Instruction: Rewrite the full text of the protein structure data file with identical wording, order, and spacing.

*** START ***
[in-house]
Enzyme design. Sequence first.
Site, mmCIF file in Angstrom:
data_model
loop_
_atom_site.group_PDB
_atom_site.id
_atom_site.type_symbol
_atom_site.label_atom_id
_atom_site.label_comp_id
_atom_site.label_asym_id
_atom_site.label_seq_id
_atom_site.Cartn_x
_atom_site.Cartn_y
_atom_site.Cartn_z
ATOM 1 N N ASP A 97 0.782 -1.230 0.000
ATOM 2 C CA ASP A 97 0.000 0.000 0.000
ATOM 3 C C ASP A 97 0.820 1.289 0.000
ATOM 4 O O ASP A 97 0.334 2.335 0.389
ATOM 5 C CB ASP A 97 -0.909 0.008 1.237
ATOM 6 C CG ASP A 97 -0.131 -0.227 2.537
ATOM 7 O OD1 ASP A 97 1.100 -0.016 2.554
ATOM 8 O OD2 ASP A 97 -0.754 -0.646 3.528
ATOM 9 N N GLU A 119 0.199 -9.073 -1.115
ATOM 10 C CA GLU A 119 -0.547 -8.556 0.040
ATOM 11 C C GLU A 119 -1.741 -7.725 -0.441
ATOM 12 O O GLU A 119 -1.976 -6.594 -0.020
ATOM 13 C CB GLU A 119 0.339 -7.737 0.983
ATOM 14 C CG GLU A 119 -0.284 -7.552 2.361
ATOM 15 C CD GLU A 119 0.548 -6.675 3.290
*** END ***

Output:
[in-house]
Enzyme design. Sequence first.
Site, mmCIF file in Angstrom:
data_model
loop_
_atom_site.group_PDB
_atom_site.id
_atom_site.type_symbol
_atom_site.label_atom_id
_atom_site.label_comp_id
_atom_site.label_asym_id
_atom_site.label_seq_id
_atom_site.Cartn_x
_atom_site.Cartn_y
_atom_site.Cartn_z
ATOM 1 N N ASP A 97 0.782 -1.230 0.000
ATOM 2 C CA ASP A 97 0.000 0.000 0.000
ATOM 3 C C ASP A 97 0.820 1.289 0.000
ATOM 4 O O ASP A 97 0.334 2.335 0.389
ATOM 5 C CB ASP A 97 -0.909 0.008 1.237
ATOM 6 C CG ASP A 97 -0.131 -0.227 2.537
ATOM 7 O OD1 ASP A 97 1.100 -0.016 2.554
ATOM 8 O OD2 ASP A 97 -0.754 -0.646 3.528
ATOM 9 N N GLU A 119 0.199 -9.073 -1.115
ATOM 10 C CA GLU A 119 -0.547 -8.556 0.040
ATOM 11 C C GLU A 119 -1.741 -7.725 -0.441
ATOM 12 O O GLU A 119 -1.976 -6.594 -0.020
ATOM 13 C CB GLU A 119 0.339 -7.737 0.983
ATOM 14 C CG GLU A 119 -0.284 -7.552 2.361
ATOM 15 C CD GLU A 119 0.548 -6.675 3.290